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Storage Wars Texas Review

Storage Wars Texas” from A&E is my least favorite of the reality shows based around storage auctions. This comes from a native Texan and long time Dallas resident. I think this dislike comes from the “stars” of the show. And I enjoy all of the other shows about storage auctions, with the original A&E show, Storage Wars  being the most popular.

Storage Wars Texas

Courtesy of

I am not sure where they found these people, but they definitely don’t reflect most Dallas dealers. We were in the antique business in Dallas for over 25 years. I recognize most of the stores that these people take their things to for appraisals. But most of these people have no idea of what real things of value are worth. How they could ver make a living doing this I have o idea. The people in the other shows that make a living from the storage auctions are knowledgeable about most things. No one knows about everything, and that is part of what draws people, at least me, to the shows. It is interesting what some of the things they find are worth. But the dealers in “Storage Wars Texas” seem to have the worst tastes.

 The Stars of “Storage Wars Texas”

Let’s start with Lesa Lewis, the thrift store owner. The things she thinks are wonderful make me want to never go to that thrift store. And who in this business would not know that some cookie jars are worth a decent amount of money. Again, you can’t know about everything, but you need to have a basic knowledge so you can recognize a bargain when you see it. She is not a twenty year old and brand new in the business. I think her store is located in a small town but not sure where. Jerry, her employee seems to have better tastes than her most of the time.

Next is my favorite, Ricky Smith. He grew up in the auction business, and seems to be able to recognize good things when he sees them. His nephew, Bubba Smith, works with him. He says in his bio that the influx of new people attending the auctions have driven up the price of the units. He say most have no idea what they are doing. They have just seen the TV shows and want in on the auctions. I have talked to several people that have said this is a growing trend across the country. Everyone is coming to find that needle in the haystack that will make them a fortune, not realizing that most abandoned units are what you would expect to find in a unit that people just abandon rather than paying the rent.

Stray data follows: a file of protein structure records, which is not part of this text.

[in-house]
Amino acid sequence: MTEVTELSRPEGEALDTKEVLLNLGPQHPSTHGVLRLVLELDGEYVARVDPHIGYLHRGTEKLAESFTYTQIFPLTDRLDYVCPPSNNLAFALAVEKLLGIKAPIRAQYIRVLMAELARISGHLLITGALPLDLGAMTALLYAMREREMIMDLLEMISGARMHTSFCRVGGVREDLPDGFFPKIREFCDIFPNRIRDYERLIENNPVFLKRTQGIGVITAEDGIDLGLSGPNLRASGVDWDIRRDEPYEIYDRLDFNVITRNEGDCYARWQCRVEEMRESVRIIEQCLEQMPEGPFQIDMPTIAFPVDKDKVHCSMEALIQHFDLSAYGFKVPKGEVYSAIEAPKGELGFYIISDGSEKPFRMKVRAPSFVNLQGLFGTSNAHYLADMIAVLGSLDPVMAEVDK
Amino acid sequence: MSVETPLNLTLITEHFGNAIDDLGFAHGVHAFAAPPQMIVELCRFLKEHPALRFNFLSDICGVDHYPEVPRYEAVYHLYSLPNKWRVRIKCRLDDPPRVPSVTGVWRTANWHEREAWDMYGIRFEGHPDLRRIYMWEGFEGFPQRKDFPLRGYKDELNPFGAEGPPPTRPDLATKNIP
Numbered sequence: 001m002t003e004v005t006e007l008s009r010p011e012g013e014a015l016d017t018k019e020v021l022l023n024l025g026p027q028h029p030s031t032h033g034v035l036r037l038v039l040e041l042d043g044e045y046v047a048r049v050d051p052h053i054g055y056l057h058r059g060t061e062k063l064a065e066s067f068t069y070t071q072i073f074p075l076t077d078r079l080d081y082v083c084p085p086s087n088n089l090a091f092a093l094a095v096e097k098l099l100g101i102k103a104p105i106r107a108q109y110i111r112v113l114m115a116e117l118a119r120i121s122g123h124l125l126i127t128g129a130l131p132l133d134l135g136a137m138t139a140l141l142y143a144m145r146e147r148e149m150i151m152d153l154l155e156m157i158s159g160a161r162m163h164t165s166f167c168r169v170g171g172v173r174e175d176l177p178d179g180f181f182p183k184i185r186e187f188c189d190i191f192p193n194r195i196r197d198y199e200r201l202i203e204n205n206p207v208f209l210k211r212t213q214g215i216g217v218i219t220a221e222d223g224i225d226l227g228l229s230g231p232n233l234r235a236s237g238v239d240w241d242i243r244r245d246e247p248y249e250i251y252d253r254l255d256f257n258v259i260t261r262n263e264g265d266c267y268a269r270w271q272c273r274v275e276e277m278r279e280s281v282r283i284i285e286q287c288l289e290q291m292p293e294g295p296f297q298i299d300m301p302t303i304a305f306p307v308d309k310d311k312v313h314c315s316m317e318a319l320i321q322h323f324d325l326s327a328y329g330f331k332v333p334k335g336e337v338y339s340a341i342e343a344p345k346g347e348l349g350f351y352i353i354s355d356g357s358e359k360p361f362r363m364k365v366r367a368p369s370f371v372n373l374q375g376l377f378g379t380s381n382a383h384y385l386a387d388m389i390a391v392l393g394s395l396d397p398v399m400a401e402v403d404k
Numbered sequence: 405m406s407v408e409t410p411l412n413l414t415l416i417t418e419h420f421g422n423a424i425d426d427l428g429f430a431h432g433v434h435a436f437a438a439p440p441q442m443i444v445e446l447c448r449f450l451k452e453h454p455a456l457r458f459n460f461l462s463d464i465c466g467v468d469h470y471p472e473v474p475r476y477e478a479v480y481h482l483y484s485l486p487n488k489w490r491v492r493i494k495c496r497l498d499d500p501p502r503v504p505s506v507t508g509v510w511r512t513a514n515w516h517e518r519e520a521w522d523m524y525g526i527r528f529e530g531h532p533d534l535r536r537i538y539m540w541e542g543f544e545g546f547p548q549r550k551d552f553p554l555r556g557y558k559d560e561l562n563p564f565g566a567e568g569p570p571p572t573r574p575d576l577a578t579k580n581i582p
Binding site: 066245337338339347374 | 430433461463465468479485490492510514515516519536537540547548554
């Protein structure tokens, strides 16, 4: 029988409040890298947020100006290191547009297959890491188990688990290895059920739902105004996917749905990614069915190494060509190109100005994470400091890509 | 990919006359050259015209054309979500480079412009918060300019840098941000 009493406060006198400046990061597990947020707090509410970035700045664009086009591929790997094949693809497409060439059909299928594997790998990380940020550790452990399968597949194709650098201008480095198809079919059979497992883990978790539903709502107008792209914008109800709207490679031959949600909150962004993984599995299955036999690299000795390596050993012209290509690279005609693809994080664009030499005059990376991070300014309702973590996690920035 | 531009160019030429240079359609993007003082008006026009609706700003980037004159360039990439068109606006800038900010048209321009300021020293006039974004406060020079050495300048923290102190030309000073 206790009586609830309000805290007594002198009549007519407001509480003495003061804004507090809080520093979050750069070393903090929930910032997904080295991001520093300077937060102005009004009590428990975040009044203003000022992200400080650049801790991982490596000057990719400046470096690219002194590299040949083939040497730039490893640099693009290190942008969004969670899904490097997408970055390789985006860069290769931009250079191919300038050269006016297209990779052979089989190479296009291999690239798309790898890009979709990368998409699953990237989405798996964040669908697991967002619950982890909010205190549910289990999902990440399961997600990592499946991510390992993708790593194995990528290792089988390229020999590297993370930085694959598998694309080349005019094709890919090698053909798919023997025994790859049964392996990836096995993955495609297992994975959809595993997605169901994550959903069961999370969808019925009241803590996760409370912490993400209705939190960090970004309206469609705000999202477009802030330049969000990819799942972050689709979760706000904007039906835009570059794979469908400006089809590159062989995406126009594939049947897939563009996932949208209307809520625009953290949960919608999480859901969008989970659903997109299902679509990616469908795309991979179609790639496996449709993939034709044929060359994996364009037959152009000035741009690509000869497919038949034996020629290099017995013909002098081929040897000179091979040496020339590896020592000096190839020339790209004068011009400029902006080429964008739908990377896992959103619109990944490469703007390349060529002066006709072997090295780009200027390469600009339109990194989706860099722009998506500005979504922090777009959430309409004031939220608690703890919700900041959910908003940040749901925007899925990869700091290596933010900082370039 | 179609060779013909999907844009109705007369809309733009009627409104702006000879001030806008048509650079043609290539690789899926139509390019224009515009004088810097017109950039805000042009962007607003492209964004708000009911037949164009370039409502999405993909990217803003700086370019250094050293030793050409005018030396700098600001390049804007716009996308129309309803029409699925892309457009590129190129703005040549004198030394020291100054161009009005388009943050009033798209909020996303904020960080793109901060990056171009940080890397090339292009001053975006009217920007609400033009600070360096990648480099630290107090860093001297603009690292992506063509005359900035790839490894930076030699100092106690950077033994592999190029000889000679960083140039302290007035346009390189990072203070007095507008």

Then comes the antique dealer and collector, Morris “Moe” Prigoff. I have never seen this guy in the Dallas antique scene. And for someone who has been collecting antiques for over thirty years according to his bio, he is not very knowledgeable about what things are worth. In one episode, he had someone who could repurpose things that he thought were so unique and wonderful. One thing was making a bench from a bed. I first saw this in the 80’s. Some of the other things were pretty tacky. And I don’t mean to think I know everything. And I realize most viewers have not been in the antiques business for over 25 years like we have. But his bio says he has been doing this for over 25 years. I hope I get a chance to visit his store next time I am home.

Victor Rjesnjansky is the villain of the show. The ex New Yorker who left New York for the less expansive living in Dallas. He seems to be the one the others dislike the most, and seems to cherish that role. He has made some real mistakes on some of his buys, like the Chinese motorcycle without a key that was basically worthless.

They recently added ex-Cowboy Roy Williams to the show to try to add some star appeal.He teamed with Ricky and his nephew on his first show, and overspent according to Ricky. We will see if he knows what he is doing on coming shows, although I doubt I will be watching many of these. Most of the bio information and the photo came from the show’s site:

Video of “Storage Wars Texas”

Being an antique dealer from Dallas, and knowing the antique and auction scene there. It is disturbing that the show cast these people. I didn’t attend storage auctions since we were at our store six days a week, so I can’t speak from experience about the people that attend storage auctions in the Dallas area. Maybe these people reflect the people who actually do attend. There are articles on most of these shows on this site, Buying and Selling Antiques. But compared to all of the other shows, the people on “Storage Wars Texas” just seem so much less informed about the value of things, and bad tastes to boot.


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